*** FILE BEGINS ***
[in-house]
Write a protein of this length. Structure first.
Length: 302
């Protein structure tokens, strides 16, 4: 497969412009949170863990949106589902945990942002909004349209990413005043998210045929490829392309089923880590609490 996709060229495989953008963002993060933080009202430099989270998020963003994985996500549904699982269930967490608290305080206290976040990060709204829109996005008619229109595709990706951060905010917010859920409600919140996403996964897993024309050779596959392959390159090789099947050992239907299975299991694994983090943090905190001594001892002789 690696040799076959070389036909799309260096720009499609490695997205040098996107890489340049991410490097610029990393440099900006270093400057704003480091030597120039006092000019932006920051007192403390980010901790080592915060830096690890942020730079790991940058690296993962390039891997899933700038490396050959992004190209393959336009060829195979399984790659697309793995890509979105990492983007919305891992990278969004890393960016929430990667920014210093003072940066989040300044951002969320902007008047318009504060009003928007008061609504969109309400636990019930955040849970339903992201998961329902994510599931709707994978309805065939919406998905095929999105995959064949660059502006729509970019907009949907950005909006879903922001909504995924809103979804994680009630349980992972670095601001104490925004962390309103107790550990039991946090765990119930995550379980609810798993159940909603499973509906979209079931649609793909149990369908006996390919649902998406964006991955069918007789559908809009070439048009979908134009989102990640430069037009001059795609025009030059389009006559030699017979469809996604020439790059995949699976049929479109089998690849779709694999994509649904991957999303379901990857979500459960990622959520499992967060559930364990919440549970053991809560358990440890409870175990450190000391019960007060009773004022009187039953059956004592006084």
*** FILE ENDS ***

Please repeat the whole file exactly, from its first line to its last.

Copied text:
[in-house]
Write a protein of this length. Structure first.
Length: 302
């Protein structure tokens, strides 16, 4: 497969412009949170863990949106589902945990942002909004349209990413005043998210045929490829392309089923880590609490 996709060229495989953008963002993060933080009202430099989270998020963003994985996500549904699982269930967490608290305080206290976040990060709204829109996005008619229109595709990706951060905010917010859920409600919140996403996964897993024309050779596959392959390159090789099947050992239907299975299991694994983090943090905190001594001892002789 690696040799076959070389036909799309260096720009499609490695997205040098996107890489340049991410490097610029990393440099900006270093400057704003480091030597120039006092000019932006920051007192403390980010901790080592915060830096690890942020730079790991940058690296993962390039891997899933700038490396050959992004190209393959336009060829195979399984790659697309793995890509979105990492983007919305891992990278969004890393960016929430990667920014210093003072940066989040300044951002969320902007008047318009504060009003928007008061609504969109309400636990019930955040849970339903992201998961329902994510599931709707994978309805065939919406998905095929999105995959064949660059502006729509970019907009949907950005909006879903922001909504995924809103979804994680009630349980992972670095601001104490925004962390309103107790550990039991946090765990119930995550379980609810798993159940909603499973509906979209079931649609793909149990369908006996390919649902998406964006991955069918007789559908809009070439048009979908134009989102990640430069037009001059795609025009030059389009006559030699017979469809996604020439790059995949699976049929479109089998690849779709694999994509649904991957999303379901990857979500459960990622959520499992967060559930364990919440549970053991809560358990440890409870175990450190000391019960007060009773004022009187039953059956004592006084």